Judge denies Hollis Daniels' request to throw out police interview




  • In US
  • 2022-09-26 17:15:30Z
  • By Lubbock Avalanche-Journal
The Lubbock County Courthouse.
The Lubbock County Courthouse.  

District judge John McClendon ruled Monday that Hollis Daniels' confession to Lubbock police detectives that he killed a Texas Tech Police officer in 2017 will be admitted at his capital murder trial.

McClendon, who presides over the 137th District Court, issued his ruling after a Friday morning hearing over Daniel's motion to throw out the interview.

Defense attorney Chip argued that detectives should have ended the interview after his client invoked his Fifth Amendment right to remain silent and asked if he needed an attorney during the police interrogation.

Meanwhile, Lubbock County District Attorney Sunshine Stanek argued that Daniels did not clearly invoke his Fifth Amendment right during the interrogation because he kept speaking to detectives immediately after he said he was going to remain silent and that he didn't want to terminate the interview.

Daniels, 25, is charged with capital murder in the Oct. 9, 2017, fatal shooting of Texas Tech Police Officer Floyd East at the police headquarters. He faces punishment of life in prison without parole or the death penalty. The Lubbock County District Attorney's Office is seeking the death penalty in the case.

A trial is tentatively set for Oct. 10.

Daniels was arrested on the Tech Campus at the end of a two-hour long manhunt after a gunshot rang out at the Texas Tech Police Department headquarters where East was filling out paperwork for Daniels' arrest on an unrelated offense.

He reportedly told arresting officers that "he was the one that shot their friend," according to an arrest warrant.

Shortly after his arrest, he was interviewed by Lubbock police detectives Thomas Bonds and Daniel Williams at the Lubbock police headquarters downtown.

During the hearing, Bonds told the court that Daniels was brought into his office wearing a "spit hood." Court documents filed in 2017 also state that Daniels spat at a police officer during his arrest. However, Bonds described Daniels -- who was 19 at the time -- as polite, respectful and compliant during the interview.

The video of the interview was not played in court during the hearing. Instead, District Judge John McClendon, reviewed the video prior to the hearing. McClendon issued a news media gag order in the case shortly after Daniels was indicted in 2017 to avoid providing grounds for a change of venue.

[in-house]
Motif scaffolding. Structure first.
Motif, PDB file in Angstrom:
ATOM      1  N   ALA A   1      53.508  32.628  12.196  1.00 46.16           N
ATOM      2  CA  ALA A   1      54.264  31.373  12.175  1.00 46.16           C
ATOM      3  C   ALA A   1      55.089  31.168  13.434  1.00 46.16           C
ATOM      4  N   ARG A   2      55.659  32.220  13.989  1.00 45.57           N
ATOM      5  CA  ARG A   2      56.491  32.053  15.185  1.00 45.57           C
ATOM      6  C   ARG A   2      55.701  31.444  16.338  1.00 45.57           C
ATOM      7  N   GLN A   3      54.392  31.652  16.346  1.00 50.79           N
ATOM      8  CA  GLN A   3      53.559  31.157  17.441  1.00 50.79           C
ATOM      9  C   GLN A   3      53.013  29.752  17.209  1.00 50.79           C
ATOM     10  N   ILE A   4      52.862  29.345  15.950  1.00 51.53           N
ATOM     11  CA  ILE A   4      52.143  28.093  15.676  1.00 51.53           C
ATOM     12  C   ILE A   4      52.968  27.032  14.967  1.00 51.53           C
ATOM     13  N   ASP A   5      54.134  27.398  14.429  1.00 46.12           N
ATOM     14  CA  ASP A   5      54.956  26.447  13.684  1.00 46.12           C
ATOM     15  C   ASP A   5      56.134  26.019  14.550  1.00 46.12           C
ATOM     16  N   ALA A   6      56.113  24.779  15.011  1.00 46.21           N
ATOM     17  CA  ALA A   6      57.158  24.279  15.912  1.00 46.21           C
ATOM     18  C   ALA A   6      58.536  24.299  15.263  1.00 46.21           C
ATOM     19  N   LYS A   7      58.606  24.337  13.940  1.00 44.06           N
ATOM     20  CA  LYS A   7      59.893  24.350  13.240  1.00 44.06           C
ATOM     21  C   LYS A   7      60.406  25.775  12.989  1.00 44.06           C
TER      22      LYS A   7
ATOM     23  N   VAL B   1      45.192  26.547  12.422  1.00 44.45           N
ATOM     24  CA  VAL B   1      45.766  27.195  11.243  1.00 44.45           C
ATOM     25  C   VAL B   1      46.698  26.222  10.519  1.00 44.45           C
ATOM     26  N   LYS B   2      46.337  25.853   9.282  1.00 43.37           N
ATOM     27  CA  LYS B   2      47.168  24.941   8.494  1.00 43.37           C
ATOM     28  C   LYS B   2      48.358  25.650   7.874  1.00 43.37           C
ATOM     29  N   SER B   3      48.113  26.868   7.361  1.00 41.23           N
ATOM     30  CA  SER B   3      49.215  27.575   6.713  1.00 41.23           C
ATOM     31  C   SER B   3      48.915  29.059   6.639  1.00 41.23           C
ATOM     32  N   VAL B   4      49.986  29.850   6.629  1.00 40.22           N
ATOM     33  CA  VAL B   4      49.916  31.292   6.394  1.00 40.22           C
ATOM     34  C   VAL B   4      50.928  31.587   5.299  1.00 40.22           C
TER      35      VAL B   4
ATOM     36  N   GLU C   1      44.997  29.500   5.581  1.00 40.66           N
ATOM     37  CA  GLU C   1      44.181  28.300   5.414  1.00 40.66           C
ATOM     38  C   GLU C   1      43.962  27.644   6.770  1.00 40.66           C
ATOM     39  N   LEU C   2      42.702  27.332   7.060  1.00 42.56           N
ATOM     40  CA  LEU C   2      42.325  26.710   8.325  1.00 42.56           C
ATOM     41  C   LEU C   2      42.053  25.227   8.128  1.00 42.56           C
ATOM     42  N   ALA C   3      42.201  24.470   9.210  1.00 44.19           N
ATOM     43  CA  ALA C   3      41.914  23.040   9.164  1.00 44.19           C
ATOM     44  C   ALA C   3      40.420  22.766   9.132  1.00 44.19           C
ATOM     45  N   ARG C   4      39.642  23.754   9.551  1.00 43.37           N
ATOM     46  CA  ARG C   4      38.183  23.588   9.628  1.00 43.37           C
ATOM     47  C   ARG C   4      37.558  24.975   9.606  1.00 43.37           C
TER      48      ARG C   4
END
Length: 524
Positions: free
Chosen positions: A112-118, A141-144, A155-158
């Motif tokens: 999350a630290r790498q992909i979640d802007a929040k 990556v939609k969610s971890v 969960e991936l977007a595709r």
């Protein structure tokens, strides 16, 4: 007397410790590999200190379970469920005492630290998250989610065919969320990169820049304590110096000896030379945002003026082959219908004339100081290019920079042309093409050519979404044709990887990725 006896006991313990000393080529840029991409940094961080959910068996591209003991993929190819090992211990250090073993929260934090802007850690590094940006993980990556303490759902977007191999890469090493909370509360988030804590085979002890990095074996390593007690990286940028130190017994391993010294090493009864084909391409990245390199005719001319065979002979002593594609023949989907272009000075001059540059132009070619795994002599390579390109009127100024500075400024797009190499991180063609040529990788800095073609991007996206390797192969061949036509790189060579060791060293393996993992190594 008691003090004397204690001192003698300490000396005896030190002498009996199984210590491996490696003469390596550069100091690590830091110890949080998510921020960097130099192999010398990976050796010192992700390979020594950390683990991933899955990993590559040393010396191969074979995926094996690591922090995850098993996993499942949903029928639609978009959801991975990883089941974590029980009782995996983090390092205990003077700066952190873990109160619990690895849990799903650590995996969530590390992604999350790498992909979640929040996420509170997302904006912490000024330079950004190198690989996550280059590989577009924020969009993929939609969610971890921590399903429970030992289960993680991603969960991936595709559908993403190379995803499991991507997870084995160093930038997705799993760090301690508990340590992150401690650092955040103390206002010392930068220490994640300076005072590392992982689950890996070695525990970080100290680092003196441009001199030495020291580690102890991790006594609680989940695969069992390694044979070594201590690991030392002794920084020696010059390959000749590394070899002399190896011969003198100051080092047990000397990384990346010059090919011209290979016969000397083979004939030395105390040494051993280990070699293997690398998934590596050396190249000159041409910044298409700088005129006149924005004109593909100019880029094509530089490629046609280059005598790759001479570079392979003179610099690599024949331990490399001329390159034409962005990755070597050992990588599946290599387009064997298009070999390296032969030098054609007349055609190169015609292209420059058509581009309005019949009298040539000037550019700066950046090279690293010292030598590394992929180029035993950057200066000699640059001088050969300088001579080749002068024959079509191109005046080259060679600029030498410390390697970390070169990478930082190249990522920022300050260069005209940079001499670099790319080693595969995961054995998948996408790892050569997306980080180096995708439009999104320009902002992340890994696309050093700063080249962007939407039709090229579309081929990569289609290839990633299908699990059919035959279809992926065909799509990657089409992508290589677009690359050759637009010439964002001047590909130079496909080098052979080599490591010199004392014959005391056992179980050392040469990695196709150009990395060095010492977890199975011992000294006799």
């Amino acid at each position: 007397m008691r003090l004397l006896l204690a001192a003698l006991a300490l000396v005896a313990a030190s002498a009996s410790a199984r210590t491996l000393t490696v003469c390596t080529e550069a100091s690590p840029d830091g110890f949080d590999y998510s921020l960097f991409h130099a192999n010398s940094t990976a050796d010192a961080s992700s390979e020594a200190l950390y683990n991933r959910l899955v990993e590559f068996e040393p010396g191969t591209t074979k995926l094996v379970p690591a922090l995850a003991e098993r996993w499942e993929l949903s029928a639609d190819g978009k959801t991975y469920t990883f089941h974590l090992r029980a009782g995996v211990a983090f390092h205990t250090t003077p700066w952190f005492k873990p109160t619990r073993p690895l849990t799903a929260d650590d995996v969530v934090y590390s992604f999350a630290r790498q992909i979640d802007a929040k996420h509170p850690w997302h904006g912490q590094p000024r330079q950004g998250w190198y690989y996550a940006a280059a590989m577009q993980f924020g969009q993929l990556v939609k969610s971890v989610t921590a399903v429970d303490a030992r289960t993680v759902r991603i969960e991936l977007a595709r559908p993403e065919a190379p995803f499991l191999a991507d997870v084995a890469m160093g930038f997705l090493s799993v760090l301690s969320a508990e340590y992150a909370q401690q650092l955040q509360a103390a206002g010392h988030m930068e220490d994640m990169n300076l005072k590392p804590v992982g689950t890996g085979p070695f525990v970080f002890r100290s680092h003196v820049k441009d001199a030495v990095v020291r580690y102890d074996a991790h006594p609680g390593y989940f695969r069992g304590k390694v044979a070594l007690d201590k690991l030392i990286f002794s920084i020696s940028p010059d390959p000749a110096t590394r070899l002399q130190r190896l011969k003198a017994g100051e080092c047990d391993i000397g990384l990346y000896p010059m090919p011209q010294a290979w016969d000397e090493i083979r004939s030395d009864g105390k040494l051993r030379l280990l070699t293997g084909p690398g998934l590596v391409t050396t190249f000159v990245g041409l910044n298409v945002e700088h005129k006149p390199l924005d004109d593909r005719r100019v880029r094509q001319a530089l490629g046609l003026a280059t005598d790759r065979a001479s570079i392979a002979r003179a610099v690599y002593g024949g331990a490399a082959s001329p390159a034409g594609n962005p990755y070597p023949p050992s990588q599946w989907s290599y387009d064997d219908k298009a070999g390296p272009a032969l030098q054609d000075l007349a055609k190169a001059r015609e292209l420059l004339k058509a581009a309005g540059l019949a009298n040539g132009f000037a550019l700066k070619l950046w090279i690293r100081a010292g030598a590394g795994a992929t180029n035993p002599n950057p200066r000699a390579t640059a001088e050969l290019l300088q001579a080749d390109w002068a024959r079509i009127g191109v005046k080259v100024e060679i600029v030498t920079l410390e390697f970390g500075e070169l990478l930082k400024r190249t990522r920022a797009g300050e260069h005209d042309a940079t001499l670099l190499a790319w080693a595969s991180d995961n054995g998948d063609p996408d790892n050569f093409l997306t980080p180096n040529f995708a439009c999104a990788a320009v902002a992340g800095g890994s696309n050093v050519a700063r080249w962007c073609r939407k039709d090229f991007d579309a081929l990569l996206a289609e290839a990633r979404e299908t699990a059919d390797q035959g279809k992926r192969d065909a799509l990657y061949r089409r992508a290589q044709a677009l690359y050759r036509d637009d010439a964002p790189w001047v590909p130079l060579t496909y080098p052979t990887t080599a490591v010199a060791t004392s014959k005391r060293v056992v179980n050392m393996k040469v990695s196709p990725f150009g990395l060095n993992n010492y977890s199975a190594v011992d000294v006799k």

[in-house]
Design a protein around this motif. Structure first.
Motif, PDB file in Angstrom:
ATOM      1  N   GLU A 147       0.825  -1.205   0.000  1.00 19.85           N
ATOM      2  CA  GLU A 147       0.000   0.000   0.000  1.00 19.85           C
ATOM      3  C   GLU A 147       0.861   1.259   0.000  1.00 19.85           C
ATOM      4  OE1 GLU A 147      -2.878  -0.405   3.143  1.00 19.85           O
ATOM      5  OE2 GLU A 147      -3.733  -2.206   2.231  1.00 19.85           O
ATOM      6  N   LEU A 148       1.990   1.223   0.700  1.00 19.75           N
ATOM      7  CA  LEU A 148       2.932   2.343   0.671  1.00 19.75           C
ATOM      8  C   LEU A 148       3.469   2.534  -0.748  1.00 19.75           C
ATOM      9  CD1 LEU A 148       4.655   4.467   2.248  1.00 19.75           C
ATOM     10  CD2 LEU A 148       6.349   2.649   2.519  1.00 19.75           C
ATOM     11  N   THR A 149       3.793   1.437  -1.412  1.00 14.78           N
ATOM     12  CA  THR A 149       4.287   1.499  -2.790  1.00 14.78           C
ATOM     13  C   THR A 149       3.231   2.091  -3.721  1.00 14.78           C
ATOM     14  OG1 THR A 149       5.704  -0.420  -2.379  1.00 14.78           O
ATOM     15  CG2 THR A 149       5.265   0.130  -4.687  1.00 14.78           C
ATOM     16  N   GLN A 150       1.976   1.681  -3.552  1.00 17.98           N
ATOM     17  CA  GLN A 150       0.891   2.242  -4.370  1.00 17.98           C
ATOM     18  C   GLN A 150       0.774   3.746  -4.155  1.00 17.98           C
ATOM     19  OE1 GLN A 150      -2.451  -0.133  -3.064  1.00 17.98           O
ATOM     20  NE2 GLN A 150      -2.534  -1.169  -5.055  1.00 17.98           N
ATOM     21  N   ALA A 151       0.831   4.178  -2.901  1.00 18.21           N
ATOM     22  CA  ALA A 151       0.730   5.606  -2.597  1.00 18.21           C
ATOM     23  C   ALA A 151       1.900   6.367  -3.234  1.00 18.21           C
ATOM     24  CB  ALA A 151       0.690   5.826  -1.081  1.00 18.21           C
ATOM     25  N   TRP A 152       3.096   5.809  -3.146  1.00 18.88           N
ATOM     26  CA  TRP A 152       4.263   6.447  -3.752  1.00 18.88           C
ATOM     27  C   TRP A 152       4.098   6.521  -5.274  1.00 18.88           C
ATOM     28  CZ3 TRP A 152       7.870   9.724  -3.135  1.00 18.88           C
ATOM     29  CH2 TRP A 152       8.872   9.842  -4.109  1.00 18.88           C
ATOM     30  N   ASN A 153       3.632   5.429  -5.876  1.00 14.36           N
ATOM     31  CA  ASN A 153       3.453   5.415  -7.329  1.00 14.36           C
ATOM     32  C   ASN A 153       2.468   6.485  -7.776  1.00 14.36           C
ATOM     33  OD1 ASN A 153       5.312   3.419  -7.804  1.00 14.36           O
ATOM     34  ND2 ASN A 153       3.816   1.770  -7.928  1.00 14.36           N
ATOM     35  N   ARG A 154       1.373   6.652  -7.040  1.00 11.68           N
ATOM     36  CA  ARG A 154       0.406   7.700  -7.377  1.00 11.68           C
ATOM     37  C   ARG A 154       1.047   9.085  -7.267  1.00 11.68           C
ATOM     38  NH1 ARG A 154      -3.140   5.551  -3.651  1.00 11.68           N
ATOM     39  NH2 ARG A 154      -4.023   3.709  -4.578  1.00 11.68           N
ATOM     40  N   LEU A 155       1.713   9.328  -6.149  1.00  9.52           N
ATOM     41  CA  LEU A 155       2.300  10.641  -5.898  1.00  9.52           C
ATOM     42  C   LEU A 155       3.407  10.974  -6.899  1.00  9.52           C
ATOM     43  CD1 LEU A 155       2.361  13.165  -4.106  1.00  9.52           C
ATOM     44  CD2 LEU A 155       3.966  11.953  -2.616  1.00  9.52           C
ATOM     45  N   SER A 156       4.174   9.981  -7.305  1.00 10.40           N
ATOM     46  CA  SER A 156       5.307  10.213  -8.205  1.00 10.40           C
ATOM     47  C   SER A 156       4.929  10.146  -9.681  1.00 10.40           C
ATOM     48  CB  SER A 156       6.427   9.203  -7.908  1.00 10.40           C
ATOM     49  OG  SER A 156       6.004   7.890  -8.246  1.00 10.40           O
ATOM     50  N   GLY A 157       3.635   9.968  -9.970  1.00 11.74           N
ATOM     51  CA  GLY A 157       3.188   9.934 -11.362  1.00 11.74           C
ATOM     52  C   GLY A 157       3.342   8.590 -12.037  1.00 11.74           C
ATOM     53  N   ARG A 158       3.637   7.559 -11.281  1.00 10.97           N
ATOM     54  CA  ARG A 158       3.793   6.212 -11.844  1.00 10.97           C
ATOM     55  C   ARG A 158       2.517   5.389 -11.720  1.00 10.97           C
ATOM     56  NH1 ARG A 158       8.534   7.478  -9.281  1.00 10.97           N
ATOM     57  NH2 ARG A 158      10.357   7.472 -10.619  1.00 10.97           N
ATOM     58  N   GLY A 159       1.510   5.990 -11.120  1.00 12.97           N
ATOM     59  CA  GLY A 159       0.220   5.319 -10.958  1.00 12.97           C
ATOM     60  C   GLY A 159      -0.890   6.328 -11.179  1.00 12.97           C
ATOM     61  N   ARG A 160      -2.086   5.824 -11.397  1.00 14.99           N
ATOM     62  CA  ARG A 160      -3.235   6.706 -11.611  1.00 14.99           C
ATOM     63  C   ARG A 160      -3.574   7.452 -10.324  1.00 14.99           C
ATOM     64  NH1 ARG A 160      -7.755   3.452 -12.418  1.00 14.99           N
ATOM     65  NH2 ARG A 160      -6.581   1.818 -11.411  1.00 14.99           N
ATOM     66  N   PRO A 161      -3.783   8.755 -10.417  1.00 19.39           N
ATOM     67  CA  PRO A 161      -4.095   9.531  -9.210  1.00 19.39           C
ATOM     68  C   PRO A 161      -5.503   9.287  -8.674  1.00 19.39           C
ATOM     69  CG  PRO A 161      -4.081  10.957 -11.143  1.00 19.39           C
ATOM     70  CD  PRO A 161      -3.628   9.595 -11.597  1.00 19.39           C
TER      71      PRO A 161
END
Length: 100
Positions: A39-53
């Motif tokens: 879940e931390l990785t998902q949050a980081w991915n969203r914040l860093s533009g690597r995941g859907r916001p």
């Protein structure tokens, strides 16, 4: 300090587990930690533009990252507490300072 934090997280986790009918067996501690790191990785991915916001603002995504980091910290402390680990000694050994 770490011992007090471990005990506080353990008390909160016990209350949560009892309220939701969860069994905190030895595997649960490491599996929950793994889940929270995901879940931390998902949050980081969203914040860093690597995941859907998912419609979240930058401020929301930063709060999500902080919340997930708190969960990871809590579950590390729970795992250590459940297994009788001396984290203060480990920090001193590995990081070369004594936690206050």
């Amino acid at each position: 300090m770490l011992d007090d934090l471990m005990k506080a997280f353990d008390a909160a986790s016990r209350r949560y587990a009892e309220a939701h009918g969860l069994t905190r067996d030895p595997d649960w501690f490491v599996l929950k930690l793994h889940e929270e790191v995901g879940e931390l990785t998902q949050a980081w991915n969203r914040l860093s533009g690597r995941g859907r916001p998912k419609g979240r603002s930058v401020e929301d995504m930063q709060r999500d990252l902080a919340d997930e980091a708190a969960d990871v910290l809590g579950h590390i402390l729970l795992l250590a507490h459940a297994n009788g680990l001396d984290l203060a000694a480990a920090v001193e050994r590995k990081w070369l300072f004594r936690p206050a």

"Due to the fact that this case has not yet been tried, the Court is of the opinion that the release of any reports, audio, video tapes or other information in the possession of law enforcement officers, prosecutors, or the defense attorneys could potentially cause grounds for a change of venue in the trials of this defendant," the judge wrote in the order.

However, the state's response to Lewis' motion to suppress the interview with detectives included an outline of the recorded interview, which spanned about 13 minutes.

The response, which was filed Sept. 20, states that Daniels asked detectives if he needed an attorney present and they told him that it was up to him.

Daniels reportedly told detectives that he didn't want to end the interview but said he was going to go ahead and remain silent.

However, he immediately tells detectives details of the shooting without any prompting from them.

"He just started to talk," Bonds said in court.

Bonds said Daniels asked more questions during the interview than they did

In his motion to suppress the interview, Lewis argued that his client's Fifth Amendment rights were violated when the detectives failed to end the interview after Daniels said he was going to remain silent.

Stanek referred the court to the arguments they made in their response which stated that Daniels did not clearly invoke his right to an attorney when he asked the detectives if one should present at the interview.

"Thus under the circumstances, Detectives Bonds and Williams were not required to cease the interrogation since there was not an unambiguous request for counsel during the custodial interrogation," the response states.

Prosecutors also said that Daniels did not clearly invoke his right to remain silent since he immediately made unprompted statements to detectives about the fatal shooting.

This article originally appeared on Lubbock Avalanche-Journal: Hollis Daniels police interview to be admitted in capital murder trial

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